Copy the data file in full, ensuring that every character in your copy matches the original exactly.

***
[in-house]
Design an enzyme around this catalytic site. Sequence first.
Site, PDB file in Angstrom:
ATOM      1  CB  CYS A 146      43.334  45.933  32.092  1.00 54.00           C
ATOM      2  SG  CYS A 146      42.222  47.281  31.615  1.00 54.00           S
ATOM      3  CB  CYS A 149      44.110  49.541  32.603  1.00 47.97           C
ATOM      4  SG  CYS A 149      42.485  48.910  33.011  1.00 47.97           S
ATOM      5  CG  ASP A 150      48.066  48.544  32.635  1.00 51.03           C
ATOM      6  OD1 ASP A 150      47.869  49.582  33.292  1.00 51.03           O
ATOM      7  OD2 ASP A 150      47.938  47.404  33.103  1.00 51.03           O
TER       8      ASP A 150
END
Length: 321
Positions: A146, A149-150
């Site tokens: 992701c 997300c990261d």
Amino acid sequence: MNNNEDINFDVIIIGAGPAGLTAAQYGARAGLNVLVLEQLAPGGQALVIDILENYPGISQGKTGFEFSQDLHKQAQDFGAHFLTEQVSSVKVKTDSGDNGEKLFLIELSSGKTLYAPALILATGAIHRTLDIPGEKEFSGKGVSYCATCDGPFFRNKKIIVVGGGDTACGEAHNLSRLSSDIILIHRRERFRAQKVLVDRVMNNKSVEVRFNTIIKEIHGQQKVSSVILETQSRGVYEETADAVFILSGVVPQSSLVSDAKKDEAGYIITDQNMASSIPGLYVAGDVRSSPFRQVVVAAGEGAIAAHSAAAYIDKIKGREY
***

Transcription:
[in-house]
Design an enzyme around this catalytic site. Sequence first.
Site, PDB file in Angstrom:
ATOM      1  CB  CYS A 146      43.334  45.933  32.092  1.00 54.00           C
ATOM      2  SG  CYS A 146      42.222  47.281  31.615  1.00 54.00           S
ATOM      3  CB  CYS A 149      44.110  49.541  32.603  1.00 47.97           C
ATOM      4  SG  CYS A 149      42.485  48.910  33.011  1.00 47.97           S
ATOM      5  CG  ASP A 150      48.066  48.544  32.635  1.00 51.03           C
ATOM      6  OD1 ASP A 150      47.869  49.582  33.292  1.00 51.03           O
ATOM      7  OD2 ASP A 150      47.938  47.404  33.103  1.00 51.03           O
TER       8      ASP A 150
END
Length: 321
Positions: A146, A149-150
């Site tokens: 992701c 997300c990261d």
Amino acid sequence: MNNNEDINFDVIIIGAGPAGLTAAQYGARAGLNVLVLEQLAPGGQALVIDILENYPGISQGKTGFEFSQDLHKQAQDFGAHFLTEQVSSVKVKTDSGDNGEKLFLIELSSGKTLYAPALILATGAIHRTLDIPGEKEFSGKGVSYCATCDGPFFRNKKIIVVGGGDTACGEAHNLSRLSSDIILIHRRERFRAQKVLVDRVMNNKSVEVRFNTIIKEIHGQQKVSSVILETQSRGVYEETADAVFILSGVVPQSSLVSDAKKDEAGYIITDQNMASSIPGLYVAGDVRSSPFRQVVVAAGEGAIAAHSAAAYIDKIKGREY